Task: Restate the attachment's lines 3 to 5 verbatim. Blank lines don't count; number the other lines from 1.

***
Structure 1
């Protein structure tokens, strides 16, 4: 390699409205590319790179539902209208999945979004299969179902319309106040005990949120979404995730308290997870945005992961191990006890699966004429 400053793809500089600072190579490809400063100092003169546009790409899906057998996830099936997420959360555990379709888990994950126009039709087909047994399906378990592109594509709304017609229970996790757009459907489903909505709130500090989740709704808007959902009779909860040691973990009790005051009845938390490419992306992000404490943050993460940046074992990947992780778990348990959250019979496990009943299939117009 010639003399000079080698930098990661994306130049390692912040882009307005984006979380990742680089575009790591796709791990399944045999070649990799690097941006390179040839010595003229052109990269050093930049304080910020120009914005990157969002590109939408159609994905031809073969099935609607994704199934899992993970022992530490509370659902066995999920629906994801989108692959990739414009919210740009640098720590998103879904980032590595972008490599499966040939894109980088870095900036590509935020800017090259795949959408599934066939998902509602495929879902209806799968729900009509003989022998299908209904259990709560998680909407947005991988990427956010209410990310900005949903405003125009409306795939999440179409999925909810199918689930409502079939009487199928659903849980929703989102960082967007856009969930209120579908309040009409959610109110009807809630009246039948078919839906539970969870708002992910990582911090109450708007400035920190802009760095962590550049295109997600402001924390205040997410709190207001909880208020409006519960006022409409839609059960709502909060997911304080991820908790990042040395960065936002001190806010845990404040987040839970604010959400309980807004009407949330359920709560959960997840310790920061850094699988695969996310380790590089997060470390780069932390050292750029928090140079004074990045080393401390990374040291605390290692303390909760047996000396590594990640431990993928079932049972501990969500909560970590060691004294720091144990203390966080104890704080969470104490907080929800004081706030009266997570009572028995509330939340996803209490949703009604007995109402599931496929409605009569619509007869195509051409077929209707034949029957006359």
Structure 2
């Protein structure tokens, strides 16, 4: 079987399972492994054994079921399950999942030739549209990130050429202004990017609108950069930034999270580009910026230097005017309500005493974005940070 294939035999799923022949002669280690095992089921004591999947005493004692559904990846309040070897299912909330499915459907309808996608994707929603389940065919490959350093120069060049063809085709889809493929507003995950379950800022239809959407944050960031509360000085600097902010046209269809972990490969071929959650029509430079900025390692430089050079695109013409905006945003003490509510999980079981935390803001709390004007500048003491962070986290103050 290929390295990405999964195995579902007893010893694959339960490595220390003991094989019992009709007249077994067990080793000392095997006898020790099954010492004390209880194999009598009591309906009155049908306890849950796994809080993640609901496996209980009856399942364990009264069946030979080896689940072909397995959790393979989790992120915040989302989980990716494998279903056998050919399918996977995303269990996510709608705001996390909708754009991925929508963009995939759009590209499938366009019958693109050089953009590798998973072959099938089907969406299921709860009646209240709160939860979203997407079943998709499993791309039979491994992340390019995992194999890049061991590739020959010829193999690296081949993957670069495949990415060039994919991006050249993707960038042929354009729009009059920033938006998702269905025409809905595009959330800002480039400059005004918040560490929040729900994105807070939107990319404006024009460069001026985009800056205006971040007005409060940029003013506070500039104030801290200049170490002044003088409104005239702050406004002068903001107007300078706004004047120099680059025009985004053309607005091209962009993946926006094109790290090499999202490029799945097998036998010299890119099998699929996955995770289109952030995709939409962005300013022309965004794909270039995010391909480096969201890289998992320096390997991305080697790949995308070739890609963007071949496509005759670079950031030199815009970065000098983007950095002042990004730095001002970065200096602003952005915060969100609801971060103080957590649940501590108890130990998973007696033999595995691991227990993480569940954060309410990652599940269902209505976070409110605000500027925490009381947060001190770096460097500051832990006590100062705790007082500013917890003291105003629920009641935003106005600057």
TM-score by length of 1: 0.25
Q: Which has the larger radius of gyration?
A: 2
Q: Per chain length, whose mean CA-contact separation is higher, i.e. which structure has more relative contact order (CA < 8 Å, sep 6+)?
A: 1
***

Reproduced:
Structure 2
């Protein structure tokens, strides 16, 4: 079987399972492994054994079921399950999942030739549209990130050429202004990017609108950069930034999270580009910026230097005017309500005493974005940070 294939035999799923022949002669280690095992089921004591999947005493004692559904990846309040070897299912909330499915459907309808996608994707929603389940065919490959350093120069060049063809085709889809493929507003995950379950800022239809959407944050960031509360000085600097902010046209269809972990490969071929959650029509430079900025390692430089050079695109013409905006945003003490509510999980079981935390803001709390004007500048003491962070986290103050 290929390295990405999964195995579902007893010893694959339960490595220390003991094989019992009709007249077994067990080793000392095997006898020790099954010492004390209880194999009598009591309906009155049908306890849950796994809080993640609901496996209980009856399942364990009264069946030979080896689940072909397995959790393979989790992120915040989302989980990716494998279903056998050919399918996977995303269990996510709608705001996390909708754009991925929508963009995939759009590209499938366009019958693109050089953009590798998973072959099938089907969406299921709860009646209240709160939860979203997407079943998709499993791309039979491994992340390019995992194999890049061991590739020959010829193999690296081949993957670069495949990415060039994919991006050249993707960038042929354009729009009059920033938006998702269905025409809905595009959330800002480039400059005004918040560490929040729900994105807070939107990319404006024009460069001026985009800056205006971040007005409060940029003013506070500039104030801290200049170490002044003088409104005239702050406004002068903001107007300078706004004047120099680059025009985004053309607005091209962009993946926006094109790290090499999202490029799945097998036998010299890119099998699929996955995770289109952030995709939409962005300013022309965004794909270039995010391909480096969201890289998992320096390997991305080697790949995308070739890609963007071949496509005759670079950031030199815009970065000098983007950095002042990004730095001002970065200096602003952005915060969100609801971060103080957590649940501590108890130990998973007696033999595995691991227990993480569940954060309410990652599940269902209505976070409110605000500027925490009381947060001190770096460097500051832990006590100062705790007082500013917890003291105003629920009641935003106005600057």
TM-score by length of 1: 0.25